Could it be that some eng subs teams are working with transcripts?

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Just to clarify, I don’t know what the hardsub says, because I don’t speak Korean (yet).

It was just a guess that they translate the hardsub and not write down the words actually spoken, because I can’t think of any other reason to write something different than what we all hear.

Unfortunately, they don’t give us transcript, so when actors mumble, it’s really hard to hear and understand for us to sub. There are rare exceptions when Viki did provide transcript of an old drama that recently got licensed. But I’ve only seen that happen twice in past 3-4 years.

If you can give me a specific example, then I can take a look at it. I would need the drama name, specific episode as well as the timing when this occurred.

Sorry, I can’t do that. It feels like pointing fingers. I know this is not your intention, but it would feel like that for me to post it. I wouldn’t want to point out a simple oversight.

I posted the question mostly to learn if there’s a guideline, and it really clarified a few things.

Since you all seem to agree that clearly spoken lines should be typed down, otherwise it depends on the situation and the context (which makes sense), this answers my question.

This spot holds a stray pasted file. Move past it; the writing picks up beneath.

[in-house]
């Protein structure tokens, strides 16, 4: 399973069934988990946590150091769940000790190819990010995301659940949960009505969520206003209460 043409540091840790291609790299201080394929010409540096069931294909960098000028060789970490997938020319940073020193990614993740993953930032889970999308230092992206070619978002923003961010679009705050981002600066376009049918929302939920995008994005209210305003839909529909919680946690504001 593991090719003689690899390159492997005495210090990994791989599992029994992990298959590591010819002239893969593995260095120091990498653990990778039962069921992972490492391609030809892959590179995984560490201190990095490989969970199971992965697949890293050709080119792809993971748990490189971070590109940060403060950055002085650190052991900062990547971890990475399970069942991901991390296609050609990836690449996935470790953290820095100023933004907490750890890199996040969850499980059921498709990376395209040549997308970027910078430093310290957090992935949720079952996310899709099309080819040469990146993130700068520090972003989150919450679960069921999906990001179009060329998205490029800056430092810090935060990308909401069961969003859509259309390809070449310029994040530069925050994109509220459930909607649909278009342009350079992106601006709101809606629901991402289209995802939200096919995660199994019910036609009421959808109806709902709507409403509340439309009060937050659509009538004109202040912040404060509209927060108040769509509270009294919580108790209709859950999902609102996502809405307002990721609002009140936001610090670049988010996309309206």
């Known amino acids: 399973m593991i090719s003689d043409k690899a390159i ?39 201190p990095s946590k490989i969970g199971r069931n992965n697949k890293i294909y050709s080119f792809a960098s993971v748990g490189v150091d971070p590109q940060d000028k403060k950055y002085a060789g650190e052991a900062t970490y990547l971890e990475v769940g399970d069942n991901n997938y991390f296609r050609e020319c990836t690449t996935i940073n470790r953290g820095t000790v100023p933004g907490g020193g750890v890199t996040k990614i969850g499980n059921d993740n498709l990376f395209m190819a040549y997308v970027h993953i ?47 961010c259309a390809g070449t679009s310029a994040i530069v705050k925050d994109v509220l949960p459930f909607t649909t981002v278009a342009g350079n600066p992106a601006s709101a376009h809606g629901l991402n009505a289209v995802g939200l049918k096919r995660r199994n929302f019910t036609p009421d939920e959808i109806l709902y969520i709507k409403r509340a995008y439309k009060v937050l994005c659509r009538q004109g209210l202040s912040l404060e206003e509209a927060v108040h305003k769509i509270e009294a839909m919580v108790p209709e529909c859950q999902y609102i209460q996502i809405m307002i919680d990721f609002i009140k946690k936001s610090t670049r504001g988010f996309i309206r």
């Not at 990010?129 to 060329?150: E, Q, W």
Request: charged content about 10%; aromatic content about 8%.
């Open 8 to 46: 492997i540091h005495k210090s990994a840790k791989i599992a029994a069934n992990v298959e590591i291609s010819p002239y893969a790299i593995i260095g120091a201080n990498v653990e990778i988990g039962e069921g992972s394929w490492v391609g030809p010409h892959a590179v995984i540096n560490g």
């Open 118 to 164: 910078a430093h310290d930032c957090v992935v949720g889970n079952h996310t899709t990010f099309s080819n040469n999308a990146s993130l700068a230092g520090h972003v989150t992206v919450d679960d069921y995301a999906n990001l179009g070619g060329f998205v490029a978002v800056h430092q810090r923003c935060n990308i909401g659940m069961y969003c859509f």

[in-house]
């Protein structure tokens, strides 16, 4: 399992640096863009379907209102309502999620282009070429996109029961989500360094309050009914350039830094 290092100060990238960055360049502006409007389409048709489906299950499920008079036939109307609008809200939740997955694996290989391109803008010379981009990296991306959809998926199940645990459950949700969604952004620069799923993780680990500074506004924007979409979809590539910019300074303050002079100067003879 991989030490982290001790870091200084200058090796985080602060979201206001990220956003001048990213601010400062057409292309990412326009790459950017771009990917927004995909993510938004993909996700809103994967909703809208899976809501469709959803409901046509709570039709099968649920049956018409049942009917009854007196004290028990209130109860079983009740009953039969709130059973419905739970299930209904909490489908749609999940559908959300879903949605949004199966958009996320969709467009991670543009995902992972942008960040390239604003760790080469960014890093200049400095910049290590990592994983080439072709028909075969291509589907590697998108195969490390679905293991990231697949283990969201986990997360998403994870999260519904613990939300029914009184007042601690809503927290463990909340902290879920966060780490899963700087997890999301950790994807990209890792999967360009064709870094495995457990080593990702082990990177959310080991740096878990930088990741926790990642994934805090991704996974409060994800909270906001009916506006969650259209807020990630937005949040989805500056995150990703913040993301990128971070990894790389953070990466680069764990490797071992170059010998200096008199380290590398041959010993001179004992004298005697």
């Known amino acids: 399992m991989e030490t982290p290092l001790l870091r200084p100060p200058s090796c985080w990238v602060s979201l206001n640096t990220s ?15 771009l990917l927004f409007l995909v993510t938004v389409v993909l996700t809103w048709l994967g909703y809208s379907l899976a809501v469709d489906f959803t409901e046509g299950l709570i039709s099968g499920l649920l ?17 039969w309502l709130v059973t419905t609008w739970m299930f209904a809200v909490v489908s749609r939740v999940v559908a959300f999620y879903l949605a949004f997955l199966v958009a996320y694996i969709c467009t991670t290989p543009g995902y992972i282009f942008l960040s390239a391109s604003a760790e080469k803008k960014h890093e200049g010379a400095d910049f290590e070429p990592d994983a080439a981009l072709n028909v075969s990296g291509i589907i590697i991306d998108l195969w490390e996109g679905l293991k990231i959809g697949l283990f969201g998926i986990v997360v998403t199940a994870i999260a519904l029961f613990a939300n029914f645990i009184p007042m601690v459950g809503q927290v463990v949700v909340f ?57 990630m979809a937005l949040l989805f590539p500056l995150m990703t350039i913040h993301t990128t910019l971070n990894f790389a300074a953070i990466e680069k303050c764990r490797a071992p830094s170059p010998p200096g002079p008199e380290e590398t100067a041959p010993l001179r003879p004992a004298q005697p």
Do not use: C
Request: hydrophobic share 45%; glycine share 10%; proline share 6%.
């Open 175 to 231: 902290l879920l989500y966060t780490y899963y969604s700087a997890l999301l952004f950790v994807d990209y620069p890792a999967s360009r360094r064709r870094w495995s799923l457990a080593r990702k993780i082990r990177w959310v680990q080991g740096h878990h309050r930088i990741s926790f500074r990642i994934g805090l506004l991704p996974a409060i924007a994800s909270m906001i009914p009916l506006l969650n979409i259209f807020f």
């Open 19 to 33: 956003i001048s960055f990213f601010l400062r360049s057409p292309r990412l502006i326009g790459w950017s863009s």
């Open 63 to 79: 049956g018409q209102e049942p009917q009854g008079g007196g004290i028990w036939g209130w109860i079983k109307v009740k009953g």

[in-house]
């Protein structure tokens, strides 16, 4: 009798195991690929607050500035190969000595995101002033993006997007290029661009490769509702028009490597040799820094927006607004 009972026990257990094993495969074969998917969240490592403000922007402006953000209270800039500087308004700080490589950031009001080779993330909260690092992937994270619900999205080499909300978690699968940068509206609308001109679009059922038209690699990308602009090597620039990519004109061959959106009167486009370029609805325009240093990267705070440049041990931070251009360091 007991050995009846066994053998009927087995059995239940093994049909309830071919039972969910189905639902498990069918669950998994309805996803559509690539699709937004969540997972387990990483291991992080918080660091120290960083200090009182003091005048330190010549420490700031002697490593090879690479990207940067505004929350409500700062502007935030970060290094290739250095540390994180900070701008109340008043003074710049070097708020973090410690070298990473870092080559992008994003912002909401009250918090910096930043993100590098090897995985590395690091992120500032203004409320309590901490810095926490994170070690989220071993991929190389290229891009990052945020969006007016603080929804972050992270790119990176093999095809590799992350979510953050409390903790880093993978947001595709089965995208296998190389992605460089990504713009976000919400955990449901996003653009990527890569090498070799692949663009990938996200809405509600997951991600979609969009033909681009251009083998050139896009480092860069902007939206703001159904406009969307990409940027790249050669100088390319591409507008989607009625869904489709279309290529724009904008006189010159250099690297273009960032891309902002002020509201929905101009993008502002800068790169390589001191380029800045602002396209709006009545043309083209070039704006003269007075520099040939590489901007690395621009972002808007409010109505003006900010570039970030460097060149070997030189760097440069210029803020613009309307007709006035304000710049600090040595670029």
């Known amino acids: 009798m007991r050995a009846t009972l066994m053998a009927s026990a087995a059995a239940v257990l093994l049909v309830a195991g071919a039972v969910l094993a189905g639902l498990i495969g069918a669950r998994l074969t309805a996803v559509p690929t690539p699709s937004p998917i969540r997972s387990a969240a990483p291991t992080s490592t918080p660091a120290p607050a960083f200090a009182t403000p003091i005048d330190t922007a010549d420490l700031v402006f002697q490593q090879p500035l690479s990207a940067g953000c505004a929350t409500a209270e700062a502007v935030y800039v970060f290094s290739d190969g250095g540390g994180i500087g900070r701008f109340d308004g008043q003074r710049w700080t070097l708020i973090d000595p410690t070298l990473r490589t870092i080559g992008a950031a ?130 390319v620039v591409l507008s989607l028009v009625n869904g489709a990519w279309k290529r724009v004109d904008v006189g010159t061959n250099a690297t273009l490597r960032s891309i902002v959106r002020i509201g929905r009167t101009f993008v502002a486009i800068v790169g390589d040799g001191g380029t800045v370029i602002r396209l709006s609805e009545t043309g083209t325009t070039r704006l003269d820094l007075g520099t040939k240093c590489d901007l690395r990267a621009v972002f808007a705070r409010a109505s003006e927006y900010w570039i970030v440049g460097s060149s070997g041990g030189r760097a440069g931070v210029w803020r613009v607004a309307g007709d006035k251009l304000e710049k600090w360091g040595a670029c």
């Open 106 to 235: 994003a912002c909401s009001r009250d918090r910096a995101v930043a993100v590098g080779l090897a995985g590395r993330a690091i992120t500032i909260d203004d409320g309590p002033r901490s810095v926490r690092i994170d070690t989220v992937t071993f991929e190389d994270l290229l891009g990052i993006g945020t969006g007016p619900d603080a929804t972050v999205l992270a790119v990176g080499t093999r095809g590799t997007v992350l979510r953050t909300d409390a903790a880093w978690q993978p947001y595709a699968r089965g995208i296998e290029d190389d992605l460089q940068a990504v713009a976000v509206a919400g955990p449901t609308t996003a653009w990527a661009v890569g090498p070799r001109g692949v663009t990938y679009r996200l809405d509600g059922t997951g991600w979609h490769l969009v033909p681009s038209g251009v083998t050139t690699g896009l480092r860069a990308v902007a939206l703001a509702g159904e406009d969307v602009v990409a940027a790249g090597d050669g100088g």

Sure. No problem. :smile:

Uh the projects I’m on we go out of our way to find the original language consultants to help translate it into English (e.g. Thai consultants for Goodbye Mr. Black). We have people sub both the hardsub and then the native speakers. Editors choose is how it works on the projects I’m on.

English tends to get subbed as heard. which is annoying to me when it’s not proper.

is nat ok to pay 50$ ,bat when i’m watching evriting is in korean ,could it be same english subs team.

I don’t know exactly which shows you are watching, but the large majority of series on Viki is translated at least to English. You’re probably watching only the new shows, in which case the subtitles are coming, so be patient.

There are many translators on Viki who form different teams for each series. It’s not one and the same team every time.

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but it usually is… I know it’s not exactly the same team but the same 30 people are the active ones who are everywhere… :frowning:
==> we’re stretched thinly

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glykeria, I am an American English native speaker…it seems that most people here did not understand your question, but that out of all the responses, you surmised that when an American is speaking English the person providing the caption in English should type exactly what is heard…not a translation from another language. I, too, would find it odd, to read an English caption that does not state what the native English person (or someone with very good English) actually said.

When I provide English captions for videos that are in English, I type exactly what I hear. Hope this helps!


I would definitely translate what I hear. Otherwise, the viewers who do understand English will find it weird, just as you do.
When I see this sort of discrepancies in movies, I assume that the translator has translated from the screenplay, but the actors have improvised or some changes have been made during the shooting.